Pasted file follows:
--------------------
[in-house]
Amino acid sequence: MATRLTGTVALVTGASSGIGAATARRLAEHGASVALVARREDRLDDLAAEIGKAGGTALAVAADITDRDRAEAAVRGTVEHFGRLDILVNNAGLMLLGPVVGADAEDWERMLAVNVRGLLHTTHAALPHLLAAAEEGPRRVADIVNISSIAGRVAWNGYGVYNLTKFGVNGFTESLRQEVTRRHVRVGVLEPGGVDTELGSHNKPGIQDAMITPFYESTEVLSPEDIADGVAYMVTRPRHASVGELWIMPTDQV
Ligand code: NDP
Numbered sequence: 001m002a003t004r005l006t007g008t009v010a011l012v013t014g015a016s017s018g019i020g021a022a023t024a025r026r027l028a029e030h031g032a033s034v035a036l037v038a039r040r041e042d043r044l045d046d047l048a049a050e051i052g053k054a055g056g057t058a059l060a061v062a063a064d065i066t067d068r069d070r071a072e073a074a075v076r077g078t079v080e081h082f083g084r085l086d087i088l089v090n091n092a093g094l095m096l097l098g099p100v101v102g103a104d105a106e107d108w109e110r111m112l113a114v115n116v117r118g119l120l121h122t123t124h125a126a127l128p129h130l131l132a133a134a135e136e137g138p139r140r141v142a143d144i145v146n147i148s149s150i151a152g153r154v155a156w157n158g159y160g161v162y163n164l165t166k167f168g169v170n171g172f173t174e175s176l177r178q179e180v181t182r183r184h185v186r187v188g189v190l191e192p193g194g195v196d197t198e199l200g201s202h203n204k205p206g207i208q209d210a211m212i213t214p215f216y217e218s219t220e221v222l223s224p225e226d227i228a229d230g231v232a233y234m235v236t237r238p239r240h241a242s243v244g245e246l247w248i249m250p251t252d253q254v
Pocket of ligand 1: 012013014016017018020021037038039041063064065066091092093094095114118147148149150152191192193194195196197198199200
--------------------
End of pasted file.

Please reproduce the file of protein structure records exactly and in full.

[in-house]
Amino acid sequence: MATRLTGTVALVTGASSGIGAATARRLAEHGASVALVARREDRLDDLAAEIGKAGGTALAVAADITDRDRAEAAVRGTVEHFGRLDILVNNAGLMLLGPVVGADAEDWERMLAVNVRGLLHTTHAALPHLLAAAEEGPRRVADIVNISSIAGRVAWNGYGVYNLTKFGVNGFTESLRQEVTRRHVRVGVLEPGGVDTELGSHNKPGIQDAMITPFYESTEVLSPEDIADGVAYMVTRPRHASVGELWIMPTDQV
Ligand code: NDP
Numbered sequence: 001m002a003t004r005l006t007g008t009v010a011l012v013t014g015a016s017s018g019i020g021a022a023t024a025r026r027l028a029e030h031g032a033s034v035a036l037v038a039r040r041e042d043r044l045d046d047l048a049a050e051i052g053k054a055g056g057t058a059l060a061v062a063a064d065i066t067d068r069d070r071a072e073a074a075v076r077g078t079v080e081h082f083g084r085l086d087i088l089v090n091n092a093g094l095m096l097l098g099p100v101v102g103a104d105a106e107d108w109e110r111m112l113a114v115n116v117r118g119l120l121h122t123t124h125a126a127l128p129h130l131l132a133a134a135e136e137g138p139r140r141v142a143d144i145v146n147i148s149s150i151a152g153r154v155a156w157n158g159y160g161v162y163n164l165t166k167f168g169v170n171g172f173t174e175s176l177r178q179e180v181t182r183r184h185v186r187v188g189v190l191e192p193g194g195v196d197t198e199l200g201s202h203n204k205p206g207i208q209d210a211m212i213t214p215f216y217e218s219t220e221v222l223s224p225e226d227i228a229d230g231v232a233y234m235v236t237r238p239r240h241a242s243v244g245e246l247w248i249m250p251t252d253q254v
Pocket of ligand 1: 012013014016017018020021037038039041063064065066091092093094095114118147148149150152191192193194195196197198199200